Daily Independent (Ashland, KY)

September 3, 2013

Fairview-Lawrence, Part II

Area schools faced off throughout 1970s, 80s

Aaron Snyder
The Independent

ASHLAND — The last time Fairview and Lawrence County set foot onto the same football field was in September of 1989.

Just so happens that the title “Back to the Future Part II,” a hit movie that year, fits what the Bulldogs are trying to do.

Maybe what their future held then — 10 straight seasons of at least eight wins from 1990-99 — is what their future holds now. At least that’s the hope in Louisa.

By revisiting an old rival, which also happens to present a great challenge, perhaps Lawrence County can spark something special.

Days before Friday’s home meeting with the Eagles, Bulldogs coach Joe Cecil isn’t interested in making any magnificent predictions. After all, the 2013 season has just begun, but his team has jumped out to a 2-0 start in impressive fashion.

Lawrence County poured 56 points onto Boyd County before throttling Rowan County, 50-27. The Bulldogs totaled 497 and 558 yards of offense in their first two contests, respectively.

“That just validated some of our thoughts that we had a chance to be pretty decent,” Cecil said.

Cecil said he didn’t know much about the history of the rivalry, which began in 1971 with Fairview and Louisa. By 1990, the two schools (Louisa became Lawrence County in 1977) tallied 19 consecutive years of meetings — the last was an apparent forfeit by the Eagles.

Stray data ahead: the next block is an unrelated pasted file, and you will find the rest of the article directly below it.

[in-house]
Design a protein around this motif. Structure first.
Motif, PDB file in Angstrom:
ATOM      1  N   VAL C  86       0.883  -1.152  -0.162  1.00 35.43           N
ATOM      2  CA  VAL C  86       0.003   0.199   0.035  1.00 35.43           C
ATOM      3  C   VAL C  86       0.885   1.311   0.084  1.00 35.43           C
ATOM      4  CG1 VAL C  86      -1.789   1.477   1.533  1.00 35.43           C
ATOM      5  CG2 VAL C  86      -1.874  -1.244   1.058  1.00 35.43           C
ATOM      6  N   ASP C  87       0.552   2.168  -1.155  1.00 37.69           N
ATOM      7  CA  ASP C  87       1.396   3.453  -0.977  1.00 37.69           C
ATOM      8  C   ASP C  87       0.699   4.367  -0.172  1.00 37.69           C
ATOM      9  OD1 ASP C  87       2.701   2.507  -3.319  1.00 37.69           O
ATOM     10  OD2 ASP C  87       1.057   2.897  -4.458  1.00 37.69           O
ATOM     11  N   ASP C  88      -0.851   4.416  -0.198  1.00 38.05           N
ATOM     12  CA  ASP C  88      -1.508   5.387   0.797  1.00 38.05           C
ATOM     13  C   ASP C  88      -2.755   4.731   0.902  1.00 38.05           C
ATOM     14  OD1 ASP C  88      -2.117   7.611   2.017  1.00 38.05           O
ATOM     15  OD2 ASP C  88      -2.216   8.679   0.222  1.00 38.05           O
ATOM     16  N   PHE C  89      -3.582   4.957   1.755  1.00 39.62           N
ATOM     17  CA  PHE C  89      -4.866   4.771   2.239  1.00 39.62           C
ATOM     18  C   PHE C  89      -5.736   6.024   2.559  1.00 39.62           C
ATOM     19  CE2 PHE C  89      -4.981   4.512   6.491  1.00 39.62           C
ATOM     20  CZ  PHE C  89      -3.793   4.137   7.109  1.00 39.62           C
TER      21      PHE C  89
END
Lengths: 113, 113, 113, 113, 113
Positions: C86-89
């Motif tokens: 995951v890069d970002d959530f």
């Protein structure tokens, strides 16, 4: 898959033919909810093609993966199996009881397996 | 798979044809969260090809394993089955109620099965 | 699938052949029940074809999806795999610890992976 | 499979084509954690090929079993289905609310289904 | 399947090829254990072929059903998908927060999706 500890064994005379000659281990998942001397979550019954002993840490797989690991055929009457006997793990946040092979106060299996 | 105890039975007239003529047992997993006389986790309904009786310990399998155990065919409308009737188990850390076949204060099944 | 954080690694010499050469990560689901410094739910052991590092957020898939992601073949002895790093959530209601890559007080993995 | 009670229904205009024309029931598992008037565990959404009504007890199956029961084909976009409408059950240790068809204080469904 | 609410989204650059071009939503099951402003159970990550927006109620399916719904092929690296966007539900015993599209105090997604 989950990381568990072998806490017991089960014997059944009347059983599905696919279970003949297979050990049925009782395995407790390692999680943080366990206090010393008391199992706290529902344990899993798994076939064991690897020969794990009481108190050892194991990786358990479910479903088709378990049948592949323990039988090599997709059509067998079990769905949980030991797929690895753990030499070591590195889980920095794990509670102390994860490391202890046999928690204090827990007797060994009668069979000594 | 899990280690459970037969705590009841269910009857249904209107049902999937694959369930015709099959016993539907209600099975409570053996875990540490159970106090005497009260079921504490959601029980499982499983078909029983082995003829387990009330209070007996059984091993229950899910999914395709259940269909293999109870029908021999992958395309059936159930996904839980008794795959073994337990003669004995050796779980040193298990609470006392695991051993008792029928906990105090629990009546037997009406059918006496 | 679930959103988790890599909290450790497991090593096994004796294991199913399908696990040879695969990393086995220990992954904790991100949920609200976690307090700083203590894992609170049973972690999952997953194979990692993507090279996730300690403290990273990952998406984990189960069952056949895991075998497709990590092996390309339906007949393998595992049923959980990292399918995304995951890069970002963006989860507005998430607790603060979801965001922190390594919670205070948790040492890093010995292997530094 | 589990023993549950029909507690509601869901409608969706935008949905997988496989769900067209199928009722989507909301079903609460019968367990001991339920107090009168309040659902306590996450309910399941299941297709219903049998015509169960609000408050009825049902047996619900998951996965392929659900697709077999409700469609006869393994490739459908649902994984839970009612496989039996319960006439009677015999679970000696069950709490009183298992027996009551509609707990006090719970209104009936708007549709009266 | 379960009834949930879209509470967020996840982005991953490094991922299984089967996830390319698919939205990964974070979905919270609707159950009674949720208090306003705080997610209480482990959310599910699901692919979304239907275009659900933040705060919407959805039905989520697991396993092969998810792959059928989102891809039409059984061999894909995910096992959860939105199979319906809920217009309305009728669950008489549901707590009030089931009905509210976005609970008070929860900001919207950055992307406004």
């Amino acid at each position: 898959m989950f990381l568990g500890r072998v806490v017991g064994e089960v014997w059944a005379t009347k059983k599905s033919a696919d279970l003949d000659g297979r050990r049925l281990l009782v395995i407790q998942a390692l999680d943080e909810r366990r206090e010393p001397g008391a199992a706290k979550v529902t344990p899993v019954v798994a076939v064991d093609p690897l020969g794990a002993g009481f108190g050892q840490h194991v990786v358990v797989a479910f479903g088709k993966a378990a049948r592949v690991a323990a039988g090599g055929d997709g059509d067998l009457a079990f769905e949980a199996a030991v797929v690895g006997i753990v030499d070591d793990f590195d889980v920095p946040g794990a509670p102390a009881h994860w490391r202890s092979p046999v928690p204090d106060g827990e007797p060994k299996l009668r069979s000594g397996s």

“I really don’t,” Cecil answered when asked if he had knowledge of the showdowns of the 1970s and 80s. “I know their recent history is that they’re pretty good.”

Fairview heads into Louisa with a 22-game regular season winning streak to its name. The defending Class A state runners-up opened their season with a 27-6 win over East Carter last Friday.

Eagles coach Nathan McPeek knows his defense must be fully prepared this Friday. The game plan will revolve around senior quarterback A.J. Cyrus.

“He’s a stud football player,” McPeek said. “He’s probably one of the better players we’ve faced in a while. He reads the belly and option game really well, knows the intricacies of it. He knows when to pitch it, when to keep it.”

One play from the Lawrence County-Rowan County game, in particular, quickly caught McPeek’s attention when watching film.

Cyrus dashed 46 yards for a touchdown on just the Bulldogs’ third play.

“Rowan County was in pretty good position,” McPeek said. “But (Cyrus) read it, tucked it up and was gone.”

Throw in running backs Derek Ferguson and Cameron Little, fullback Ricky Goble and receivers Noah Lambert and Timmy Dalton, and the Bulldogs have a rather deep arsenal of offensive weapons in its option scheme.

“They’re not one-dimensional,” McPeek said. “They’ll run, run, run and throw a fade for a touchdown. Or run, run, run and throw a hitch.”

Fairview (1-0) attempted only three passes in its first game, but managed 293 rushing yards on 45 carries. Tanner Dolen led the way with 102 yards.

Cecil said Lawrence County (2-0) added Fairview to its schedule for a tough, close-to-home opponent.

“We’re not going to get any average Joe to play us,” said Cecil. “We’d been going to Letcher (County Central) and Perry (County Central), good teams ... but we wanted to develop an area feel. I think Fairview was kind of in that same boat.”

Cecil coached McPeek for one season at Russell. He said the two are close friends.

Cecil said the community is excited for the Eagles to roll into town.

“It’s a big challenge,” Cecil said. “I just hope our maturation can continue, and we can be the best we’re capable of being.”

AARON SNYDER can be reached at asnyder@dailyindependent.com or (606) 326-2664.